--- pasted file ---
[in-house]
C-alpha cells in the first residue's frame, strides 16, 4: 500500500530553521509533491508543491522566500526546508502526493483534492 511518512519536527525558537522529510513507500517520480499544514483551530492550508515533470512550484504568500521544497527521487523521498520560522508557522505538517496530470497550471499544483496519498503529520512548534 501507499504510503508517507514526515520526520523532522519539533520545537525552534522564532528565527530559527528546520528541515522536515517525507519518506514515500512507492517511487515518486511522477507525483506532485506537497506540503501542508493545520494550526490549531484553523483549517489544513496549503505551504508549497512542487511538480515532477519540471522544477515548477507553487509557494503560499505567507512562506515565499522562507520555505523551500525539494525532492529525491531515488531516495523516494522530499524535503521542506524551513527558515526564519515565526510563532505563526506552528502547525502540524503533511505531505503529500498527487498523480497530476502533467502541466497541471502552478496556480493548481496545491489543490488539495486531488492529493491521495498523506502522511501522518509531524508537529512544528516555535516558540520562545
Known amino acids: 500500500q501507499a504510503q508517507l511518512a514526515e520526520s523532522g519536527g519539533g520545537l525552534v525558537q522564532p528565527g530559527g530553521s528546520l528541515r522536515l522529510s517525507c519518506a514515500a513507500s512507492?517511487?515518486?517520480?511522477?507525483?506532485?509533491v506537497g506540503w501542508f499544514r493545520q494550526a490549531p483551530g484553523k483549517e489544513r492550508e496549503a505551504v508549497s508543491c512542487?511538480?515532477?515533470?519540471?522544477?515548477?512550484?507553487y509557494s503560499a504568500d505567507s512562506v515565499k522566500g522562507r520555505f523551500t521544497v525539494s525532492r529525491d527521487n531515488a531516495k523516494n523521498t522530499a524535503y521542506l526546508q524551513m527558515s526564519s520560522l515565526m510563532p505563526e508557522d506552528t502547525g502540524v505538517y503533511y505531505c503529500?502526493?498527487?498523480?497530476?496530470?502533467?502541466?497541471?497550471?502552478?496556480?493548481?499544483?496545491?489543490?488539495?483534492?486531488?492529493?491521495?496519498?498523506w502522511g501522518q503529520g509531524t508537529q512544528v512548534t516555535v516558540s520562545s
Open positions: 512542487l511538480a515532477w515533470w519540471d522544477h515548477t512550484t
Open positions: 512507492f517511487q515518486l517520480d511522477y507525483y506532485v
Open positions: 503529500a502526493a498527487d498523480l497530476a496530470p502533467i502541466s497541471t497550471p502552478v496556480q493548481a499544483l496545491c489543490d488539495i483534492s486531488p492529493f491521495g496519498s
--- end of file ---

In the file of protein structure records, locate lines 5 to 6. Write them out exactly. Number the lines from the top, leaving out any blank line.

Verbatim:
Open positions: 512507492f517511487q515518486l517520480d511522477y507525483y506532485v
Open positions: 503529500a502526493a498527487d498523480l497530476a496530470p502533467i502541466s497541471t497550471p502552478v496556480q493548481a499544483l496545491c489543490d488539495i483534492s486531488p492529493f491521495g496519498s